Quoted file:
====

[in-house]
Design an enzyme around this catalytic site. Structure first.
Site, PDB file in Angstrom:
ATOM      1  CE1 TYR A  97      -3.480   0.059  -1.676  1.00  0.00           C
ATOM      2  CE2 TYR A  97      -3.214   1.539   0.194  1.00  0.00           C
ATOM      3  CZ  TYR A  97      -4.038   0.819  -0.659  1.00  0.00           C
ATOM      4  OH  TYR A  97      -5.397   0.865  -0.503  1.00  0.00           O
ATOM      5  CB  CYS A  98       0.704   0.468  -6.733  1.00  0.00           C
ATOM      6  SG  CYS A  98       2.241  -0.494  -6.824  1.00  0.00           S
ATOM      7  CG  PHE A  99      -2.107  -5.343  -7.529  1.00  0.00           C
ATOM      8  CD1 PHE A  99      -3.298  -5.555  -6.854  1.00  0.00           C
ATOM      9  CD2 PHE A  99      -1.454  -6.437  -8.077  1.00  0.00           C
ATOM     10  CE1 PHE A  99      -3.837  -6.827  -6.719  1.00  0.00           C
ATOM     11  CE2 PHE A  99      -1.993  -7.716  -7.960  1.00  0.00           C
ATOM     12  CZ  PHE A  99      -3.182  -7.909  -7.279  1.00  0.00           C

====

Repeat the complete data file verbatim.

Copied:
[in-house]
Design an enzyme around this catalytic site. Structure first.
Site, PDB file in Angstrom:
ATOM      1  CE1 TYR A  97      -3.480   0.059  -1.676  1.00  0.00           C
ATOM      2  CE2 TYR A  97      -3.214   1.539   0.194  1.00  0.00           C
ATOM      3  CZ  TYR A  97      -4.038   0.819  -0.659  1.00  0.00           C
ATOM      4  OH  TYR A  97      -5.397   0.865  -0.503  1.00  0.00           O
ATOM      5  CB  CYS A  98       0.704   0.468  -6.733  1.00  0.00           C
ATOM      6  SG  CYS A  98       2.241  -0.494  -6.824  1.00  0.00           S
ATOM      7  CG  PHE A  99      -2.107  -5.343  -7.529  1.00  0.00           C
ATOM      8  CD1 PHE A  99      -3.298  -5.555  -6.854  1.00  0.00           C
ATOM      9  CD2 PHE A  99      -1.454  -6.437  -8.077  1.00  0.00           C
ATOM     10  CE1 PHE A  99      -3.837  -6.827  -6.719  1.00  0.00           C
ATOM     11  CE2 PHE A  99      -1.993  -7.716  -7.960  1.00  0.00           C
ATOM     12  CZ  PHE A  99      -3.182  -7.909  -7.279  1.00  0.00           C